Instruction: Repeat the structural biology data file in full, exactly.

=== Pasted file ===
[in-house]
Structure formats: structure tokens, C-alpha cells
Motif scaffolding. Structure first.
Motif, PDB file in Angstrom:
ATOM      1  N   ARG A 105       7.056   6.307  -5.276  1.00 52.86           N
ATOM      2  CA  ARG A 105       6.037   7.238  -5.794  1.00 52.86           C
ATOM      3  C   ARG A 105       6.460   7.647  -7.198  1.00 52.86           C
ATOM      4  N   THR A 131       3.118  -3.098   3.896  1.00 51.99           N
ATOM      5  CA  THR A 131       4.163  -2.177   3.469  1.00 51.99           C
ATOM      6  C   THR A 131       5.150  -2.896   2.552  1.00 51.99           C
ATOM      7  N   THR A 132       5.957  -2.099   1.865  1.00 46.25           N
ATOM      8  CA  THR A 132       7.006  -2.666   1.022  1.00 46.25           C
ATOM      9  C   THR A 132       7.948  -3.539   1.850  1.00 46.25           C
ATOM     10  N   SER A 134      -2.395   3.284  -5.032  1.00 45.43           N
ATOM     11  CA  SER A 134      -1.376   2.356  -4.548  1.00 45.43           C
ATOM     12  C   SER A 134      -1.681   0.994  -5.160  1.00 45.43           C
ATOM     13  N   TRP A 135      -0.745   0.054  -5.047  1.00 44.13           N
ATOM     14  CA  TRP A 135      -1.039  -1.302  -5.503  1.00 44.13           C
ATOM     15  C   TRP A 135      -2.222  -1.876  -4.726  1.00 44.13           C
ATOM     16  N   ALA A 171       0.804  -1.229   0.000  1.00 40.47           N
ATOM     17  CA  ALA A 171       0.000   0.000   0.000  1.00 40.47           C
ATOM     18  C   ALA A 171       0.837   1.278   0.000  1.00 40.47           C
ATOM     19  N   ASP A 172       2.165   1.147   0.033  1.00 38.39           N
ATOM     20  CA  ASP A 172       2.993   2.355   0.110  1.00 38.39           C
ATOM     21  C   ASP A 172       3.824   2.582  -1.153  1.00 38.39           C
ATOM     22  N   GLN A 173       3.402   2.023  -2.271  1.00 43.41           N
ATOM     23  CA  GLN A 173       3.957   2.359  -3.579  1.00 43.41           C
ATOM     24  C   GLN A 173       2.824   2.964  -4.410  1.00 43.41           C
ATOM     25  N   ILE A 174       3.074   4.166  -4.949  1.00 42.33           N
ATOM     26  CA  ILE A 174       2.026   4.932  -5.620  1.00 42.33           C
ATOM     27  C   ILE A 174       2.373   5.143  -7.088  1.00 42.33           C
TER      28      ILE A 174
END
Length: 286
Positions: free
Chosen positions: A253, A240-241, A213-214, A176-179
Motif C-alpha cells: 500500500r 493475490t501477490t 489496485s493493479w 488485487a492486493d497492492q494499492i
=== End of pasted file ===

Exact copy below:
[in-house]
Structure formats: structure tokens, C-alpha cells
Motif scaffolding. Structure first.
Motif, PDB file in Angstrom:
ATOM      1  N   ARG A 105       7.056   6.307  -5.276  1.00 52.86           N
ATOM      2  CA  ARG A 105       6.037   7.238  -5.794  1.00 52.86           C
ATOM      3  C   ARG A 105       6.460   7.647  -7.198  1.00 52.86           C
ATOM      4  N   THR A 131       3.118  -3.098   3.896  1.00 51.99           N
ATOM      5  CA  THR A 131       4.163  -2.177   3.469  1.00 51.99           C
ATOM      6  C   THR A 131       5.150  -2.896   2.552  1.00 51.99           C
ATOM      7  N   THR A 132       5.957  -2.099   1.865  1.00 46.25           N
ATOM      8  CA  THR A 132       7.006  -2.666   1.022  1.00 46.25           C
ATOM      9  C   THR A 132       7.948  -3.539   1.850  1.00 46.25           C
ATOM     10  N   SER A 134      -2.395   3.284  -5.032  1.00 45.43           N
ATOM     11  CA  SER A 134      -1.376   2.356  -4.548  1.00 45.43           C
ATOM     12  C   SER A 134      -1.681   0.994  -5.160  1.00 45.43           C
ATOM     13  N   TRP A 135      -0.745   0.054  -5.047  1.00 44.13           N
ATOM     14  CA  TRP A 135      -1.039  -1.302  -5.503  1.00 44.13           C
ATOM     15  C   TRP A 135      -2.222  -1.876  -4.726  1.00 44.13           C
ATOM     16  N   ALA A 171       0.804  -1.229   0.000  1.00 40.47           N
ATOM     17  CA  ALA A 171       0.000   0.000   0.000  1.00 40.47           C
ATOM     18  C   ALA A 171       0.837   1.278   0.000  1.00 40.47           C
ATOM     19  N   ASP A 172       2.165   1.147   0.033  1.00 38.39           N
ATOM     20  CA  ASP A 172       2.993   2.355   0.110  1.00 38.39           C
ATOM     21  C   ASP A 172       3.824   2.582  -1.153  1.00 38.39           C
ATOM     22  N   GLN A 173       3.402   2.023  -2.271  1.00 43.41           N
ATOM     23  CA  GLN A 173       3.957   2.359  -3.579  1.00 43.41           C
ATOM     24  C   GLN A 173       2.824   2.964  -4.410  1.00 43.41           C
ATOM     25  N   ILE A 174       3.074   4.166  -4.949  1.00 42.33           N
ATOM     26  CA  ILE A 174       2.026   4.932  -5.620  1.00 42.33           C
ATOM     27  C   ILE A 174       2.373   5.143  -7.088  1.00 42.33           C
TER      28      ILE A 174
END
Length: 286
Positions: free
Chosen positions: A253, A240-241, A213-214, A176-179
Motif C-alpha cells: 500500500r 493475490t501477490t 489496485s493493479w 488485487a492486493d497492492q494499492i